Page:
There’s a great scene in “The Silence of the Lambs” where Hannibal Lecter guides young FBI agent Clarice Starling in her pursuit of a serial killer by getting her to return to “first principles,” asking, in the manner of Roman philosopher-emperor Marcus Aurelius, “What is this thing in itself? What does he do, this man you seek?”

The meaningful answer Lecter leads her to is not that the man she’s hunting kills people, or even that he seeks out a specific type of victim — but that he covets. That clue sets Clarice on the killer’s track.

It’s a great plot point — and it’s also an interesting and very useful mental exercise, a valuable way of getting some insight into your profession and your firm by digging deep beneath the surface of your everyday activities to find out what, at bottom, you really do.

Hannibal Lecter and Clarice Starling in 'The Silence of the Lambs'
MGM

Take journalism as an example. On one level, we produce magazines and newspapers and Web sites. Beneath that, we interview people and write articles. But beneath that, we gather and redistribute information — and when you get to that point, you realize that a journalist’s skills can be applied in a wide range of areas, from marketing and economic analysis to intelligence work and teaching.

Now, here are a few examples for the accounting profession:

  • You perform audits. Beneath that, you make sure that a company’s financial statements are reported according to GAAP. But beneath that, you ensure that someone is doing what they said they did, or following a particular set of rules. You could do the same for the terms of a contract, or a set of cybersecurity policies, or to make sure a blockchain is set up and functioning correctly.
  • You prepare tax returns. Beneath that, you make sure your clients comply with the Tax Code, while also making sure they make the most of the opportunities it offers. But beneath that, you match your client’s situation up against a complicated set of rules and regulations and sort through them for the optimal position. What other sorts of complicated regs can you sort through? Zoning ordinances? EPA regulations? OSHA requirements?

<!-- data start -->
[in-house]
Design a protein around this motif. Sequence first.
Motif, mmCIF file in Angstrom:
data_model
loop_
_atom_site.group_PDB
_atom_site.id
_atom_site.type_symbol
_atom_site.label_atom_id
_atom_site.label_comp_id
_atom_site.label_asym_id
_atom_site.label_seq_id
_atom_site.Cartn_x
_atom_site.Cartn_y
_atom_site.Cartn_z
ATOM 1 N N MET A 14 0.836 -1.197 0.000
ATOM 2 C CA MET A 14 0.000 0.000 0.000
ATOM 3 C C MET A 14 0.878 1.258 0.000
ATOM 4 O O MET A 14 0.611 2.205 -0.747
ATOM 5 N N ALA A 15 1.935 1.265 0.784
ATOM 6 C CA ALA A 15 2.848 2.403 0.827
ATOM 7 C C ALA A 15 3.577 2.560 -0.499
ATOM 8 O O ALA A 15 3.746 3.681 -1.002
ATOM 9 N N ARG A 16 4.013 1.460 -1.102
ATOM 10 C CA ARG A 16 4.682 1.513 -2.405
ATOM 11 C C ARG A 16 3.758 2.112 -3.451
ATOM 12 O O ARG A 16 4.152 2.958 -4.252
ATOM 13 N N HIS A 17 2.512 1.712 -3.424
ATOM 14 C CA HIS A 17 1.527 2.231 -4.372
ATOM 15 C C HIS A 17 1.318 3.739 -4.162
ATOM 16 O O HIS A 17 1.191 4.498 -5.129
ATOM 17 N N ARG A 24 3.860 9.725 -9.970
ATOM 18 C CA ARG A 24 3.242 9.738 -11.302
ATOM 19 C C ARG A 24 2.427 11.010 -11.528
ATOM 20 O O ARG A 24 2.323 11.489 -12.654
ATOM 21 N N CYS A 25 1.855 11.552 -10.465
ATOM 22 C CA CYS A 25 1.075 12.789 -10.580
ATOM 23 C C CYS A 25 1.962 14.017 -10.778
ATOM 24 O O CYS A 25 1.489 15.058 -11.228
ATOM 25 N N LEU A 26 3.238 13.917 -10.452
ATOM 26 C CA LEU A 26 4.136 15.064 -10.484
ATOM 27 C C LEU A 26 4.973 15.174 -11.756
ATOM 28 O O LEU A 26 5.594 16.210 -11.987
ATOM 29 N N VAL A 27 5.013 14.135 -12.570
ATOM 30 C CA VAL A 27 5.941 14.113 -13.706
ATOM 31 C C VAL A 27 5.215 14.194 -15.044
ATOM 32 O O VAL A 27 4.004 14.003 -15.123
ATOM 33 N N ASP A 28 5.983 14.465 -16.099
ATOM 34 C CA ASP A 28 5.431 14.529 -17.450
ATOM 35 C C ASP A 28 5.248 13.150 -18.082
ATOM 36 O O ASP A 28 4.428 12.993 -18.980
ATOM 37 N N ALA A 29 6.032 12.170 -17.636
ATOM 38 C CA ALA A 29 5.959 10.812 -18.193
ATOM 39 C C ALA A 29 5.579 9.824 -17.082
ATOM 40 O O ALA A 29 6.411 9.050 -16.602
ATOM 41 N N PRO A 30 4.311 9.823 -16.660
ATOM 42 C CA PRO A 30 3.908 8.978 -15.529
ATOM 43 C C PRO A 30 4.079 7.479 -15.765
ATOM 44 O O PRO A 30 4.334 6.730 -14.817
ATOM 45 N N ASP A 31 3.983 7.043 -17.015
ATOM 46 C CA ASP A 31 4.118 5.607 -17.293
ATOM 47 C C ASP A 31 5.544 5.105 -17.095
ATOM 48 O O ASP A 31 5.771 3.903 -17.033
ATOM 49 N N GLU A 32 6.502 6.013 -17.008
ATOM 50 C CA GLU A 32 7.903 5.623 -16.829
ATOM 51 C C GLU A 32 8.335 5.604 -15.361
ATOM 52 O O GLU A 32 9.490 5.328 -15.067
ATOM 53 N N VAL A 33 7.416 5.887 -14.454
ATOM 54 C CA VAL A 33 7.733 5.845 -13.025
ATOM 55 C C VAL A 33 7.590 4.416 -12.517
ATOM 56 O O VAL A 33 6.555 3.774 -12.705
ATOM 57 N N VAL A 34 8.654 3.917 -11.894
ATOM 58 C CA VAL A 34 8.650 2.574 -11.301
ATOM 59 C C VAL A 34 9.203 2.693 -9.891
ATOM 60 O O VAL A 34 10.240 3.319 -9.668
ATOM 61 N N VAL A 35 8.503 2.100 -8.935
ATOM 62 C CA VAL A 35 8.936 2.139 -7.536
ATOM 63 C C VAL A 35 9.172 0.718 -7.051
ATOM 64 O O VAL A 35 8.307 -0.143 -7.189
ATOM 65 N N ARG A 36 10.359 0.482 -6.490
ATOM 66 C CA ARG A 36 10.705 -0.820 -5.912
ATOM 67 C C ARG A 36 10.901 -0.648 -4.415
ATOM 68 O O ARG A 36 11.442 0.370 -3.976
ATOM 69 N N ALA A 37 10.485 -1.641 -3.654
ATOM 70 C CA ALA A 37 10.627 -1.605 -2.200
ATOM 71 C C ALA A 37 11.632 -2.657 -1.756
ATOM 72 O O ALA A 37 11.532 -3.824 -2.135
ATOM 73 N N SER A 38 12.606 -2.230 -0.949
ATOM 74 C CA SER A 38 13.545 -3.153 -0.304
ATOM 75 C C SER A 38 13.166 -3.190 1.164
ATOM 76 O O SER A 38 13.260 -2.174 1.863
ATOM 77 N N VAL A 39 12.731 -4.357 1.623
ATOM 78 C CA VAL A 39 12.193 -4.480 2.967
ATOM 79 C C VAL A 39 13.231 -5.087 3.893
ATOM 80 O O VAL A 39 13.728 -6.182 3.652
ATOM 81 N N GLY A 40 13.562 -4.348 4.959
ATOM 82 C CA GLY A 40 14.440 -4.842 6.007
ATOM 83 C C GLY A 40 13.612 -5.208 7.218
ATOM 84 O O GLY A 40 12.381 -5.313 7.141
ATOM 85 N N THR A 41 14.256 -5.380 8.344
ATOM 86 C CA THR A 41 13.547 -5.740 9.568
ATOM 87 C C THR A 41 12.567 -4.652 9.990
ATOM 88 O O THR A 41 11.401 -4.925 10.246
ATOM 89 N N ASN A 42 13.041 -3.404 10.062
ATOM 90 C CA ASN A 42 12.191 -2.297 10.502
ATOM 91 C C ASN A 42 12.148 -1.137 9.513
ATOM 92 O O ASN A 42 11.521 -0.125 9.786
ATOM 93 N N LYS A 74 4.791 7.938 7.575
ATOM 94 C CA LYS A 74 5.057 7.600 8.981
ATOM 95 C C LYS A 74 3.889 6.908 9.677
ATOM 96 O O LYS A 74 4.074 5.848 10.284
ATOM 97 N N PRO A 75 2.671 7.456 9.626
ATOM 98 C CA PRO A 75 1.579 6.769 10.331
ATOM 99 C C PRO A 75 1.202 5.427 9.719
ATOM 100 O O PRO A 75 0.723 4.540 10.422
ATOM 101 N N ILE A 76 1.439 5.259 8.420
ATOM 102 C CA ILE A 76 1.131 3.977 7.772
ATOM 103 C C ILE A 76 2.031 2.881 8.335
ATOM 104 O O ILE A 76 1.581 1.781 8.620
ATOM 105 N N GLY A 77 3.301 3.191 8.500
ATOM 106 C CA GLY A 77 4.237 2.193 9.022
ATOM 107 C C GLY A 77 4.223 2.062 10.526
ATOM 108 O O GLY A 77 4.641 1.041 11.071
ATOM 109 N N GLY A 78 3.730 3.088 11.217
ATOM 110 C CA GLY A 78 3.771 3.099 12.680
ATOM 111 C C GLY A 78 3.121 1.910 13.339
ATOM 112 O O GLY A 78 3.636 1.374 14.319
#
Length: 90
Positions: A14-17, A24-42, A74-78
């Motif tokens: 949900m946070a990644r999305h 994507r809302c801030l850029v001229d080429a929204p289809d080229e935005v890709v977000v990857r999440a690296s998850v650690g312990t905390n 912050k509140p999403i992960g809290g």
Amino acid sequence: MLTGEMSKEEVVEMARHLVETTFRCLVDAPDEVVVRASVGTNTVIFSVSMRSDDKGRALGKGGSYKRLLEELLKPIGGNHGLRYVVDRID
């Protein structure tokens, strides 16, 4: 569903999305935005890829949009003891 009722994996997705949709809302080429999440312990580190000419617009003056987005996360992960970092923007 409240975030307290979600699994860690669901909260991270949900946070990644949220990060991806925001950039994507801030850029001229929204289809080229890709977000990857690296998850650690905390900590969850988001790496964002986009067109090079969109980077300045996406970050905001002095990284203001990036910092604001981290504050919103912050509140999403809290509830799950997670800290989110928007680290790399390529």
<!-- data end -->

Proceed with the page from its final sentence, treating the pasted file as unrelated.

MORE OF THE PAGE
• You keep or clean up clients’ books. Beneath that, you check the incoming and outgoing financial transactions and make sure that they all add up as they go along. But beneath that, you’re helping track, report and make sense of a series of complex events in a fluid, real-time environment — and drawing conclusions from them. That’s applicable to literally anything, from customer behavior analysis to air traffic control.

Now think about what your firm does: It conducts audits, prepares tax returns, and keeps clients’ books. Beneath that, you keep them in good standing with governments and lenders, and help them understand their financial position. But beneath that, you insulate them from risks they don’t understand, relieve them of the burden of handling important tasks they’re not qualified for or interested in, and give them the information they need to face the future.

When you get down to that level, you realize that you can do much more for your clients than just audits, tax returns and bookkeeping. What about reviewing their business or personal insurance? Checking on their cybersecurity? Making sure their suppliers and business partners are living up to their contracts? Finding and vetting acquisition targets? Identifying and exploring potential new markets?

None of this is to say that you shouldn’t proudly claim to be an auditor, a tax preparer or a bookkeeper — but you don’t want it to limit you. Dig beneath the title to identify the skills and abilities that will let you and your firm grow and serve your clients better.

Daniel Hood

Daniel Hood

Daniel Hood is editor-in-chief of Accounting Today and Tax Pro Today, and has covered the tax and accounting field for over 20 years.